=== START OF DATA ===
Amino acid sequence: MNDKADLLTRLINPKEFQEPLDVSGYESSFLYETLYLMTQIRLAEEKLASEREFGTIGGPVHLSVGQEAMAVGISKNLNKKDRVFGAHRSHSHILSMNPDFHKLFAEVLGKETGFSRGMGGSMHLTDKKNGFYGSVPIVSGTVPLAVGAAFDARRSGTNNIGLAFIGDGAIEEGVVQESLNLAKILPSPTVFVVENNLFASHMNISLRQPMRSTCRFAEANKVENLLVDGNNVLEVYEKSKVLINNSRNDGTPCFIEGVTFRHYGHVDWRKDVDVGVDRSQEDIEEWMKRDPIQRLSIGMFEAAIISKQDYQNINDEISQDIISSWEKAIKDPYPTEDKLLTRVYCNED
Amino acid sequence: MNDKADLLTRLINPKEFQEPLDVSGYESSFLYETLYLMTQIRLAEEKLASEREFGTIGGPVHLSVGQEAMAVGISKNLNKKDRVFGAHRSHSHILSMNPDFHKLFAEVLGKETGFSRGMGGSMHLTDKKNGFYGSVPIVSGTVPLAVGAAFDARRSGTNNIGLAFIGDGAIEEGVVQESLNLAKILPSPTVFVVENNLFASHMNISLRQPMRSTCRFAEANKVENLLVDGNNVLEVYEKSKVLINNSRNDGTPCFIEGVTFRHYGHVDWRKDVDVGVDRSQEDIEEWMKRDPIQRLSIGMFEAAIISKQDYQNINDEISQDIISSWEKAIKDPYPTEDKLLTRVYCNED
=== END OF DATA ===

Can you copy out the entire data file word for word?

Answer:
Amino acid sequence: MNDKADLLTRLINPKEFQEPLDVSGYESSFLYETLYLMTQIRLAEEKLASEREFGTIGGPVHLSVGQEAMAVGISKNLNKKDRVFGAHRSHSHILSMNPDFHKLFAEVLGKETGFSRGMGGSMHLTDKKNGFYGSVPIVSGTVPLAVGAAFDARRSGTNNIGLAFIGDGAIEEGVVQESLNLAKILPSPTVFVVENNLFASHMNISLRQPMRSTCRFAEANKVENLLVDGNNVLEVYEKSKVLINNSRNDGTPCFIEGVTFRHYGHVDWRKDVDVGVDRSQEDIEEWMKRDPIQRLSIGMFEAAIISKQDYQNINDEISQDIISSWEKAIKDPYPTEDKLLTRVYCNED
Amino acid sequence: MNDKADLLTRLINPKEFQEPLDVSGYESSFLYETLYLMTQIRLAEEKLASEREFGTIGGPVHLSVGQEAMAVGISKNLNKKDRVFGAHRSHSHILSMNPDFHKLFAEVLGKETGFSRGMGGSMHLTDKKNGFYGSVPIVSGTVPLAVGAAFDARRSGTNNIGLAFIGDGAIEEGVVQESLNLAKILPSPTVFVVENNLFASHMNISLRQPMRSTCRFAEANKVENLLVDGNNVLEVYEKSKVLINNSRNDGTPCFIEGVTFRHYGHVDWRKDVDVGVDRSQEDIEEWMKRDPIQRLSIGMFEAAIISKQDYQNINDEISQDIISSWEKAIKDPYPTEDKLLTRVYCNED